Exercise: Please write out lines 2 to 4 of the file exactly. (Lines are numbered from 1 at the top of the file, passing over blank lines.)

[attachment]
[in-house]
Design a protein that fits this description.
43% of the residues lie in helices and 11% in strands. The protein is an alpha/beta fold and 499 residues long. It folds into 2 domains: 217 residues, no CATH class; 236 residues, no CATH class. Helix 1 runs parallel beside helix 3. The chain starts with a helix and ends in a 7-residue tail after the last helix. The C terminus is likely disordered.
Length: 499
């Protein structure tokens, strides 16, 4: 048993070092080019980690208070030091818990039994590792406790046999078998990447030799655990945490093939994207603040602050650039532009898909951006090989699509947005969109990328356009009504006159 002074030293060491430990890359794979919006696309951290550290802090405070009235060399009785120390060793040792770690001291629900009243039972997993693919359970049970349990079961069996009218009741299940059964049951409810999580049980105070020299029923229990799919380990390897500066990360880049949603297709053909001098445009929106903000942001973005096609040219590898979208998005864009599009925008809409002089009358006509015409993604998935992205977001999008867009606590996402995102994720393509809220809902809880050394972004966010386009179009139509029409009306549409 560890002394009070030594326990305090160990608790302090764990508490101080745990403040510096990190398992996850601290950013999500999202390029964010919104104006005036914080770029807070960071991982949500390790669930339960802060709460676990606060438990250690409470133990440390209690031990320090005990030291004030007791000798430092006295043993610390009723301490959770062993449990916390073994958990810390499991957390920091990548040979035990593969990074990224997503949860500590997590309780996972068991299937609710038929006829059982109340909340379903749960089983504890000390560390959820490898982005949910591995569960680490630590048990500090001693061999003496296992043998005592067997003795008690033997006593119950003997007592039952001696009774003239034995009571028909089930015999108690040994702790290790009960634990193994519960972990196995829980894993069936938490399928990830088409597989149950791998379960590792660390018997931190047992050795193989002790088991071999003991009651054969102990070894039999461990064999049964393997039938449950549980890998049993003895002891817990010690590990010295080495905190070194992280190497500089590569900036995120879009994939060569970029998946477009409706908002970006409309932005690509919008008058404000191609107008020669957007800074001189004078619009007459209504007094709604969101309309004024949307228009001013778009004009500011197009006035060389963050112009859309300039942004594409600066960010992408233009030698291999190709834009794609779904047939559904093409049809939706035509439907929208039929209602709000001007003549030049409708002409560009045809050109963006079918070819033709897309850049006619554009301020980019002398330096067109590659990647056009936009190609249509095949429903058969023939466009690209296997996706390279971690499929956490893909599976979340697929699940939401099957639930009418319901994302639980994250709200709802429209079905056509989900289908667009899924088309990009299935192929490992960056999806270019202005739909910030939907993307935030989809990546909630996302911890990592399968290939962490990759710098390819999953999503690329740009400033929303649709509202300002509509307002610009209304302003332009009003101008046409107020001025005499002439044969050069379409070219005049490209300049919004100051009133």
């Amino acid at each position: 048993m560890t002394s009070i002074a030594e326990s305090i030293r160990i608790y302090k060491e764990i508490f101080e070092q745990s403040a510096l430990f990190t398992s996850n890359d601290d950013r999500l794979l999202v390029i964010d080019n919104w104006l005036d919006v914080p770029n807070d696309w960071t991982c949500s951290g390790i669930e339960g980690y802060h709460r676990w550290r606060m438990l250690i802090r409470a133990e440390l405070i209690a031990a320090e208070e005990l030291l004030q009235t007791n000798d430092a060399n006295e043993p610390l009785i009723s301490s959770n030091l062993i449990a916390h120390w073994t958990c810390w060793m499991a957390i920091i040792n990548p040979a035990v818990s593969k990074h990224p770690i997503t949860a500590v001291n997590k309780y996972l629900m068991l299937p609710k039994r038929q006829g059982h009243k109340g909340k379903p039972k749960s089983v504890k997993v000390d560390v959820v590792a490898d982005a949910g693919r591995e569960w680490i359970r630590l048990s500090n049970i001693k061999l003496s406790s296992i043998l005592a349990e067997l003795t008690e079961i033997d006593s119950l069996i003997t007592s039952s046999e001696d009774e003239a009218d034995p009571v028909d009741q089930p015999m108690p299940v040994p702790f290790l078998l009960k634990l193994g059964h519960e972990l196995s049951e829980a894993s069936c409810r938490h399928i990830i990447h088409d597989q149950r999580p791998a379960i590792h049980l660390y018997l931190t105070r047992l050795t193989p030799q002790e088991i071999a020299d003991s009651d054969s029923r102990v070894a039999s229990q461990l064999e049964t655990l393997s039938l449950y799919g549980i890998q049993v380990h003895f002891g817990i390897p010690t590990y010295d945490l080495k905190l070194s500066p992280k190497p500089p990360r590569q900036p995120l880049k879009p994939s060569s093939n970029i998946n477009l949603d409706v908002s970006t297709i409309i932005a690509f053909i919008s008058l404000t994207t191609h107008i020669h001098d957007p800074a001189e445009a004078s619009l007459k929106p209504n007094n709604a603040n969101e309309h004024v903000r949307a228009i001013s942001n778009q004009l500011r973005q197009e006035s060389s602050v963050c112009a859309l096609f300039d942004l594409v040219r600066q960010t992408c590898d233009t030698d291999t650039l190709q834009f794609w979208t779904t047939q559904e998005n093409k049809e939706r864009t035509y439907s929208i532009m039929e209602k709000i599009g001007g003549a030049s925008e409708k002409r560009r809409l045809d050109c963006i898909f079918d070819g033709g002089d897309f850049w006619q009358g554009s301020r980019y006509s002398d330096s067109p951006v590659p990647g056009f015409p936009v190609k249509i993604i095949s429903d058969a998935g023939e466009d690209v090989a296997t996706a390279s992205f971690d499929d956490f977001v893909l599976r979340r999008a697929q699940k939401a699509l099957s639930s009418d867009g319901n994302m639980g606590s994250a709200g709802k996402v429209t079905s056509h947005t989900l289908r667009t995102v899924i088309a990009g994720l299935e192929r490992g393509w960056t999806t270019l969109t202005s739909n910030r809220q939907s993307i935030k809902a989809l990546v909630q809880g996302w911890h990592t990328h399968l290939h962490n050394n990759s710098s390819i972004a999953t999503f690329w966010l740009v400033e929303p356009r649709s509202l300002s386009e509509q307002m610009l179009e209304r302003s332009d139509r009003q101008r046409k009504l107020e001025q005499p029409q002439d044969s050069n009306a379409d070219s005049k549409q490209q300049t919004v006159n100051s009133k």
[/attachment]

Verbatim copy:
Design a protein that fits this description.
43% of the residues lie in helices and 11% in strands. The protein is an alpha/beta fold and 499 residues long. It folds into 2 domains: 217 residues, no CATH class; 236 residues, no CATH class. Helix 1 runs parallel beside helix 3. The chain starts with a helix and ends in a 7-residue tail after the last helix. The C terminus is likely disordered.
Length: 499